Sunday: Tonight the International Space Station makes a high pass through the sky. It starts in the west-southwest at 9:09 clock. When the space station reaches its highest point three minutes later, it is near the top of the handle in the Big Dipper, 66 degrees above the northwest horizon. The spacecraft will remain bright when moving northeast and at 21:15. it is 10 degrees above the northeastern horizon.
Monday: Tonight, Mercury, Venus, Mars, Jupiter and Saturn are all in the sky at the same time, though you'll probably only miss seeing them at the same time. Venus in the west, Jupiter in the south-southwest and Saturn in the southeast are easily recognizable around 9:30 am. Mercury and Mars are the challenges. Mercury just goes up as Mars ascends, so both planets are very deep in the sky.
Tuesday: Tonight is the broad moon near Saturn. At 9:30 am Both objects are located in the southeastern sky. The two objects are separated by about 2 degrees, and this separation will remain approximately the same throughout the night.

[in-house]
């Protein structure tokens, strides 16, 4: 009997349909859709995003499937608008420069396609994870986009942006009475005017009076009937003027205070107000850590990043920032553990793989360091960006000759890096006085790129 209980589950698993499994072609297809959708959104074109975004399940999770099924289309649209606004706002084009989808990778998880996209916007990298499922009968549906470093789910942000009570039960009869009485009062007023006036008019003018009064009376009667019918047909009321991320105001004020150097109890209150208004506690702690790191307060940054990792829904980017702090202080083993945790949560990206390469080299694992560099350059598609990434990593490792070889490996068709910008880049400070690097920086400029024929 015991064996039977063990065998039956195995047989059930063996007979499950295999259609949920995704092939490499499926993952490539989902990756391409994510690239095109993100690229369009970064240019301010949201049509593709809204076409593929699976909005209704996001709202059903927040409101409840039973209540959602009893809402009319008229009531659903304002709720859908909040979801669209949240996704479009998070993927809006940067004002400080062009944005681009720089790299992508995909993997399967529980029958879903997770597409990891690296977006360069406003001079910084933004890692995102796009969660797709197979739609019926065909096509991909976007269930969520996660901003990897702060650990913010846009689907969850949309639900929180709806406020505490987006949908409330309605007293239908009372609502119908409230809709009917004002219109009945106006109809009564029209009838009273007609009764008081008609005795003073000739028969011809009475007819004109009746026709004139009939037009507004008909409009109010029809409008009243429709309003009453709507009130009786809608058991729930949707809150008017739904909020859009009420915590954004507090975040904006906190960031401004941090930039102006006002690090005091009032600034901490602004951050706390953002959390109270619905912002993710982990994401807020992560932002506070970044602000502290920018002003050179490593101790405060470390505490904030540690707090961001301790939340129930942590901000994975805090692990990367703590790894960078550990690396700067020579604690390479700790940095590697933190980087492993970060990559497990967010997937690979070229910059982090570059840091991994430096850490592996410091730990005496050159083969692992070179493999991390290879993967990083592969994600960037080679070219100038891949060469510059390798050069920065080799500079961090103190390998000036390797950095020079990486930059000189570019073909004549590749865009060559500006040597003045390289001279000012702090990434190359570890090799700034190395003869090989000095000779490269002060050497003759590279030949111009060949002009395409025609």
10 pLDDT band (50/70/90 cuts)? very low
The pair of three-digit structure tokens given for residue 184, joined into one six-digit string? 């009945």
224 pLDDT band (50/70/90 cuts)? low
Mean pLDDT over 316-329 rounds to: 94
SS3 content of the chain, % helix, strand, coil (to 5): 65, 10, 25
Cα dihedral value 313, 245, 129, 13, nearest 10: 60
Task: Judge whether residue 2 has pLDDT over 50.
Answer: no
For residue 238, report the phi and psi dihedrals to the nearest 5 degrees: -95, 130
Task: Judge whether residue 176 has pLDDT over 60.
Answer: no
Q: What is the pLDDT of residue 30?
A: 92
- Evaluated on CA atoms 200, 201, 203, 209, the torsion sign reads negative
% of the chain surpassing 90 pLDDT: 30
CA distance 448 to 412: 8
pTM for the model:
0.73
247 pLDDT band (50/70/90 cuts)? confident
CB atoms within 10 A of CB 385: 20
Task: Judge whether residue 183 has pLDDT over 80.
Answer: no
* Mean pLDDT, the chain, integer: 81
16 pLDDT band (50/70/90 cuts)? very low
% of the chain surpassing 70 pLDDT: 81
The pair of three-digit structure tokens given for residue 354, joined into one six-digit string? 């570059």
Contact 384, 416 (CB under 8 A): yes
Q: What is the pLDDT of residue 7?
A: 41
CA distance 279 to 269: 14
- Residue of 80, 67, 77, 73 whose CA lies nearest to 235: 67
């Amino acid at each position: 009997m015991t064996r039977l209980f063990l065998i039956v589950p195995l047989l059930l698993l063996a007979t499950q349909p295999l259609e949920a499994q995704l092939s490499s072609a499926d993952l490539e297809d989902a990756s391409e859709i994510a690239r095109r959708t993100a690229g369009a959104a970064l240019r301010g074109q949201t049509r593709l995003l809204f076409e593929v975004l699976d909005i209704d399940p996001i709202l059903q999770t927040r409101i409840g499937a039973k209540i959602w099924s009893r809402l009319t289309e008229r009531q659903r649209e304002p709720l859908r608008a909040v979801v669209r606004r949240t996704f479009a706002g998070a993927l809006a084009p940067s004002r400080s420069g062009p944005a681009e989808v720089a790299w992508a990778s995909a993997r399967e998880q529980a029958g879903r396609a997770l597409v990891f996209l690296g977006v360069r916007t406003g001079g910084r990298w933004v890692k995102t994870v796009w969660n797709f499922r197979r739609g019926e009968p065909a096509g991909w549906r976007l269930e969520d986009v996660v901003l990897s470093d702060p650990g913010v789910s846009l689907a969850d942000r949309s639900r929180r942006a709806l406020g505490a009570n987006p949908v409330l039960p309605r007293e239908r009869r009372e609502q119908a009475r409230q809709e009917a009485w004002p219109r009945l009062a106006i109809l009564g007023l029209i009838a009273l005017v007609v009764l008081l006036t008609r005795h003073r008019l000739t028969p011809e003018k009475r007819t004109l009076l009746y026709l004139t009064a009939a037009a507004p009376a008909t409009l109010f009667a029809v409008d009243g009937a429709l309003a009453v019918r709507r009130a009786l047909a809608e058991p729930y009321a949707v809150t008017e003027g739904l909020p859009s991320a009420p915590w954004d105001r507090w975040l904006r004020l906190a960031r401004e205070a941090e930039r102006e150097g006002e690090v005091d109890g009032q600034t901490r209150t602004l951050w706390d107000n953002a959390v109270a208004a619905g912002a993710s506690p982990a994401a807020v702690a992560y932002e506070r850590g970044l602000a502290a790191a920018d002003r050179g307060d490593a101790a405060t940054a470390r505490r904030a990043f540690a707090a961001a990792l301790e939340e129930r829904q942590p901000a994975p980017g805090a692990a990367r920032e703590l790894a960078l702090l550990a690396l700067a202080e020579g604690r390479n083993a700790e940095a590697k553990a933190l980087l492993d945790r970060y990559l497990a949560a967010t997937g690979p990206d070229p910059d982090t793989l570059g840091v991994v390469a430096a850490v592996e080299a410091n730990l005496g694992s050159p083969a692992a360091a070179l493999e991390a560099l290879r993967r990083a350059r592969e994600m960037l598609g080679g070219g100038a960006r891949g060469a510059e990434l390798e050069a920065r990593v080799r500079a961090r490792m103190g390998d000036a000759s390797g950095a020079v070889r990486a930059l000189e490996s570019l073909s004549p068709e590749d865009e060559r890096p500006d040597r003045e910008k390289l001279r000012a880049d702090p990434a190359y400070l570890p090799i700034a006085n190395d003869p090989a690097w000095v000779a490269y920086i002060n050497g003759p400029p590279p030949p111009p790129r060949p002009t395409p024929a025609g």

Wednesday: This week we may have a small pardon from last week's heat wave. This period is often referred to as the dog days of the summer. This idea comes from the ancient Egyptians and Romans. During the summer months, Sirius, the dog star, was in contact with the sun, and it was believed that the additional light from Sirius made it hotter in time just before and just after the conjunction.
Thursday: Tomorrow, Mars reaches opposition to the Sun and Earth, so that he appears near his brightest and greatest. The planet is easily recognizable in the eastern sky with its characteristic color. When you look at Mars with a telescope, it appears larger than the disk of Saturn.
Friday: The full moon occurs at 1
Saturday: Near the overhead elevation at 10 o'clock. You can find the constellation of Hercules. Hercules resembles the constellation Orion, but has only two stars along the belt instead of three – and Hercules is not as bright as Orion, but still recognizable. In Hercules there is an interesting double star, known as Rasalgethi, located above its head. The star appears reddish-orange, but a second companion star is visible through a telescope with at least a hundredfold magnification. Depending on your vision, the secondary star may vary in color from yellow to white.